Germany in the 1930s. The President has to totally condemn this.

(END VIDEO CLIP)

O`DONNELL: Joining us now, George F. Will, Pulitzer Prize Winning
Journalist for the Washington Post and MSNBC Political Analyst. George, we
have Willie Geist, our own Willie Geist via tweet tonight saying sources
close to John Kasich tell me after Charlottesville, there is growing sense
of moral imperative to primary Trump in 2020. Is John Kasich likely to be
the man to take on an incumbent President within his own party?

GEORGE F. WILL, MSNBC CONTRIBUTOR: Not the man, he`ll be among the men I
assume. Ben Sasse has been in Iowa, Tom Cotton has been in Iowa. Now Tom
Cotton is much more sympathetic to Mr. Trump than either Kasich or Sasse.
But the idea he would be close to re-election assuming he`s there and
hasn`t quit in a huff over the rigged system is implausible.

O`DONNELL: I was struck by David Jolly on this program last night
basically saying if I have to run against him myself, I will. Those are
almost the exact words that Gene McCarthy said during after a - during
actually privately during a Senate Foreign Relations Committee hearing in
1967 when the Undersecretary of State was testifying about Vietnam and
outraging Gene McCarthy and Bill Fulbright on that committee. Gene
McCarthy came away from that hearing saying privately to his Chief of Staff
if I have to run for President myself to stop this I will. And he did. And
the incumbent President he ran against as of course you remember, dropped
out of the race when he was challenged that way.

WILL: Well see, the Republicans are in this awful position they put
themselves in when they made the Faustian bargain that they would have
protracted routine interactions with Mr. Trump knowing these would be
diminishing and soiling to them. But they would get things done. Well,
let`s go to Washington`s premiere power couple.

You mentioned a moment ago that Elaine Chao, the Secretary of
Transportation, vastly experienced, hugely respected in Washington, stood
there mute next to Mr. Trump during his rant yesterday. She did so because
she was there because we were supposed to at long last talk about the
trillion dollar infrastructure program. Tax reform`s not going anywhere.

Replace and repeal hasn`t happened. But infrastructure was going to
happen. The problem is, Winston Churchill once said of Secretary of State
Dulles that he was a bull who carries his China shop around with him.
That`s what Mr. Trump does.

So there`s no such thing as being on message. There is no message but
chaos. So on the one hand, Elaine Chao is there as a mere ornament watching
another opportunity slip away as the end of the seventh month of this baron
presidency. She of course is married to the Senate Majority Leader.

This week, he has been deeply involved in the Alabama Senate Primary to
fill the seat vacated by Mr. Sessions who is now Attorney General. his
supporting the appointed Senator, Luther Strange, against a man who has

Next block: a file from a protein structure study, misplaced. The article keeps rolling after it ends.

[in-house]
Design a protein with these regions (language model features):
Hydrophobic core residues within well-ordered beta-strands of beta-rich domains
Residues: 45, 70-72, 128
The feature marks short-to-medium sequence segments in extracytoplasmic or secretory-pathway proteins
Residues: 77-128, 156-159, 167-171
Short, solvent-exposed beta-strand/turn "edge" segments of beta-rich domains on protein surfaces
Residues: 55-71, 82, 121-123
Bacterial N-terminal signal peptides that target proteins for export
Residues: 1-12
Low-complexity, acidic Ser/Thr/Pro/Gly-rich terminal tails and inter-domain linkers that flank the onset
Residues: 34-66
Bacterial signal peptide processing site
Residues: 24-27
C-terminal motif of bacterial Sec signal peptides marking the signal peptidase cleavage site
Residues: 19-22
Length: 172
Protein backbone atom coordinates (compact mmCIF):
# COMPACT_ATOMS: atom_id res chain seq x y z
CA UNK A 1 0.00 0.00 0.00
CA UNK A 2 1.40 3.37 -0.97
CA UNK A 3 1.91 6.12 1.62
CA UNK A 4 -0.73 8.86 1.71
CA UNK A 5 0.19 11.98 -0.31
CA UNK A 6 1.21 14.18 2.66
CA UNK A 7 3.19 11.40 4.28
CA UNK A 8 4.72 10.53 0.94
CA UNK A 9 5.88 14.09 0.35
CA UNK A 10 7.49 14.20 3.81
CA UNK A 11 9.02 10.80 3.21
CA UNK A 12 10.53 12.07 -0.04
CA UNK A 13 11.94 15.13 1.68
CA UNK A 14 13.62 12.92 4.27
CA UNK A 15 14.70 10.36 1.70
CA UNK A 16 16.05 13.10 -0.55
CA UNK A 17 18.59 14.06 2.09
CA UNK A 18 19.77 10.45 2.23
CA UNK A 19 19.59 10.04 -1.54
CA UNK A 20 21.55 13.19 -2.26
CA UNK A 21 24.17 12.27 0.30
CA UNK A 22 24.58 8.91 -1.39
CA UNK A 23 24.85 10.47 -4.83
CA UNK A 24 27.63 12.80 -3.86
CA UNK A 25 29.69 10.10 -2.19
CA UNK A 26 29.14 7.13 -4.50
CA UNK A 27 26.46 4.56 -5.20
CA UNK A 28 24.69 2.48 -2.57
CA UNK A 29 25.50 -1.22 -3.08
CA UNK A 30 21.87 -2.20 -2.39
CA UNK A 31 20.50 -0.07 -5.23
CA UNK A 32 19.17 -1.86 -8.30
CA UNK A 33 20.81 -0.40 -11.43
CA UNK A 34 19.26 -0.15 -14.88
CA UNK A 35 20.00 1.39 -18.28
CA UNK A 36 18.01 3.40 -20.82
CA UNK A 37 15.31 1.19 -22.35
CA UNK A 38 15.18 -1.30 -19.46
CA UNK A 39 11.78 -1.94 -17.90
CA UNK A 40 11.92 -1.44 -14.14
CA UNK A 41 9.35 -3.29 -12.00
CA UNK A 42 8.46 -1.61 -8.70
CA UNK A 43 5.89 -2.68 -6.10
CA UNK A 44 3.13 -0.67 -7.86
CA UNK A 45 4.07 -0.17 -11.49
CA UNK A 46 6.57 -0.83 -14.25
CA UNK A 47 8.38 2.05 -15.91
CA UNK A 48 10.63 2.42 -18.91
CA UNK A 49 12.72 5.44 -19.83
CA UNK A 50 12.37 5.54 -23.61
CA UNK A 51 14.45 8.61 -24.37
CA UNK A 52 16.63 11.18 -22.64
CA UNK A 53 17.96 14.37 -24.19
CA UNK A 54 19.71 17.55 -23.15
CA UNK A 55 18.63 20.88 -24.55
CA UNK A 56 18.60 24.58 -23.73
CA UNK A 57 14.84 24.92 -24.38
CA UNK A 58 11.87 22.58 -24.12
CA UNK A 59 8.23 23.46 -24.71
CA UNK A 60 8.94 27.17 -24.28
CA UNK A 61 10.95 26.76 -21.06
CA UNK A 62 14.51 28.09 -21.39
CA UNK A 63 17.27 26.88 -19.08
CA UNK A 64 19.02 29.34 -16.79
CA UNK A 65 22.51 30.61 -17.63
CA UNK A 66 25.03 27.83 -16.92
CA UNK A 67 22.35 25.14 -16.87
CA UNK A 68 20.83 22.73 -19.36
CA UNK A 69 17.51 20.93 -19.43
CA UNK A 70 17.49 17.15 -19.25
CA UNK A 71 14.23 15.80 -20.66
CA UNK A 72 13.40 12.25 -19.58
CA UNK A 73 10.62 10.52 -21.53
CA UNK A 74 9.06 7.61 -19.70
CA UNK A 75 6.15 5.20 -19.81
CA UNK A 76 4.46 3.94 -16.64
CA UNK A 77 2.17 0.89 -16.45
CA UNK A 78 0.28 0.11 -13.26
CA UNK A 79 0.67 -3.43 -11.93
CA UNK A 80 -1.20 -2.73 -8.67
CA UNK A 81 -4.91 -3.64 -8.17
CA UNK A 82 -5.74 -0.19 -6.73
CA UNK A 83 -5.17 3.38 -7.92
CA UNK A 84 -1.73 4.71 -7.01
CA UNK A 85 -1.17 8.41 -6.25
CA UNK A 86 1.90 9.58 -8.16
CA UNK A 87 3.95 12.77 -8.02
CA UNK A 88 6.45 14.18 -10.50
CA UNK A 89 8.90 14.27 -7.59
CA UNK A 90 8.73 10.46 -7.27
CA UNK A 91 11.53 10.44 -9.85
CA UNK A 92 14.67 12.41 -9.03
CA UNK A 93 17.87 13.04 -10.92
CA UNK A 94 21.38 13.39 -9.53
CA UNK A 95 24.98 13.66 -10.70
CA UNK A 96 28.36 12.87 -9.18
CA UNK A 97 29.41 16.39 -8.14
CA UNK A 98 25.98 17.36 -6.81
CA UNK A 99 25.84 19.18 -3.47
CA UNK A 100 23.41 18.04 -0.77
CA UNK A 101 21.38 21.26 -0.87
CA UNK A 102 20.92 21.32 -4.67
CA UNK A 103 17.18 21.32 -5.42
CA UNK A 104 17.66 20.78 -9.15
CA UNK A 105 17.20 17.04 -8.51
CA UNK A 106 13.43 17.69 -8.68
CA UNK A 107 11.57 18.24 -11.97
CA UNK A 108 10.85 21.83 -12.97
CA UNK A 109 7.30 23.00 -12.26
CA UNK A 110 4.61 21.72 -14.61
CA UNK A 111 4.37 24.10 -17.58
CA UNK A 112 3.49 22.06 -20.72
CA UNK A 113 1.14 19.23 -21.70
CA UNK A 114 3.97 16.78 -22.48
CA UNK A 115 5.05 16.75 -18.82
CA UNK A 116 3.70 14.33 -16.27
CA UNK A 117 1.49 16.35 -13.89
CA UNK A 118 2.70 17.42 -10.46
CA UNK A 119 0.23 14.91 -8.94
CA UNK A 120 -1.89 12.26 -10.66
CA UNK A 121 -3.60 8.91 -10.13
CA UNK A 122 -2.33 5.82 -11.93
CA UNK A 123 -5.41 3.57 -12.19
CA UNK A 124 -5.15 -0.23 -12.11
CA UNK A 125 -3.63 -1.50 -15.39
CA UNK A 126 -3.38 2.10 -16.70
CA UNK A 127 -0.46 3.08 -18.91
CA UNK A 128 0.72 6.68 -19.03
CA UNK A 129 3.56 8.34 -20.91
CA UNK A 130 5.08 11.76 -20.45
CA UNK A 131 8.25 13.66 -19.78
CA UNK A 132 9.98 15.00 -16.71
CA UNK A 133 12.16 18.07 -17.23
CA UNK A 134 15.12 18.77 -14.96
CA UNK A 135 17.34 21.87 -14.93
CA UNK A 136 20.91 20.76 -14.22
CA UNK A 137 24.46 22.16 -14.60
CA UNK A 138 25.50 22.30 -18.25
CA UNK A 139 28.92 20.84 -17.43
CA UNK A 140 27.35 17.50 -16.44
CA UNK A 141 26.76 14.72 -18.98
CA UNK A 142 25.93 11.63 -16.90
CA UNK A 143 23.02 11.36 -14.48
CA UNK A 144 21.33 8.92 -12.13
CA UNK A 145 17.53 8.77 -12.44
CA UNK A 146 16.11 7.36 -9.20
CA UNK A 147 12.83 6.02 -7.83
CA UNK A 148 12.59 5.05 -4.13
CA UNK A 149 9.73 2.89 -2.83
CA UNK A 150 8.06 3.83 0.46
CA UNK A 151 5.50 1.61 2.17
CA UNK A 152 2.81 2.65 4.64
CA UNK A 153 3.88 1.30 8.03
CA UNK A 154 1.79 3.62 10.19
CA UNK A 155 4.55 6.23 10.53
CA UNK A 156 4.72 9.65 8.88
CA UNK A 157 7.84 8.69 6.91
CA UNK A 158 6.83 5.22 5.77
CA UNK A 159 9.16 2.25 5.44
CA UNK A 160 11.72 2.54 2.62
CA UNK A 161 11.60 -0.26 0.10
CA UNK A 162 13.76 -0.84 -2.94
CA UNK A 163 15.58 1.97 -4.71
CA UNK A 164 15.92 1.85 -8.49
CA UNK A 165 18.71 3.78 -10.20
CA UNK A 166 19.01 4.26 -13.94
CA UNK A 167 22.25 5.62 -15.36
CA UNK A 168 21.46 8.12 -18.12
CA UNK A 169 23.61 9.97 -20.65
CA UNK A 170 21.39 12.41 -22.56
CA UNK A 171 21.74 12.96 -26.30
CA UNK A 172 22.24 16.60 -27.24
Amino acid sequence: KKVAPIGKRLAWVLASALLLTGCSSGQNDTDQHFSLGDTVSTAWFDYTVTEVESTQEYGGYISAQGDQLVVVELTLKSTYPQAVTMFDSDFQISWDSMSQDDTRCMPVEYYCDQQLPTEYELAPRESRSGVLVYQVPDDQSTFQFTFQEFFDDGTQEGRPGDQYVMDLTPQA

been remove twice from the Supreme Court of Alabama for defying the U.S.
Supreme Court. In the Alabama race, I was down there looking at it in
Birmingham. Trump is hugely popular and McConnell is detested by all three
candidates, the three who entered this in the first round of the voting
saying we`re loyal to Trump and we can`t stand McConnell.

And if you`d look at the polls among the Republican Party, the Republican
base is still loyal to Mr. Trump and by about four to one, they prefer
Trump over Mr. McConnell. So he`s also in a position, of having made this
awful bargain on the assumption they would get something done and it`s a
completely sterile presidency seven months in.

O`DONNELL: There is a report tonight in USA Today saying there was a delay
in McConnell issuing his statement about those comments because he was
livid and his being livid if he was no doubt is related to his wife being
in effect forced to stand there beside the President making those remarks.

WILL: It`s an old saying in politics that you know well. When you`re
explaining, you`re losing. What`s worse is when you`re saying there are no
good Neo-Nazis, you`re really losing. When that is your message of the day,
just think of that. Mr. McConnell was a Senate Staffer before he became an
institutional lifer in the Senate. And the agony he`s going through to be
tethered to this man.

O`DONNELL: George F. Will, thank you very much for joining us tonight,
really appreciate it.

WILL: Glad to be with you

O`DONNELL: Tonight`s last word is next.

(COMMERCIAL BREAK)

O`DONNELL: At Heather Heyer`s memorial service today, her grandfather
Elwood Schrader said this -

(BEGIN VIDEO CLIP)

ELWOOD SCHRADER, GRANDFATHER OF HEATHER HEYER: As I think about this, I
think of Trevi`s Song and Fiddler on the Roof. The little girl, is this
the little girl I carried? Yes, I think so.

That same passion was beyond childhood. That same passion, that same girl
you`ve met her. You who knew her as an adult, you know her, too. She was
a lady of happiness and great joy and realized that all lives matter.

(END VIDEO CLIP)

O`DONNELL: Heather Heyer`s grandfather Elwood Schrader gets tonight`s Last
Word. The 11th hour with Brian Williams starts now.

BRIAN WILLIAMS, 11TH HOUR ANCHOR: Tonight Donald Trump isolated a day
after that


END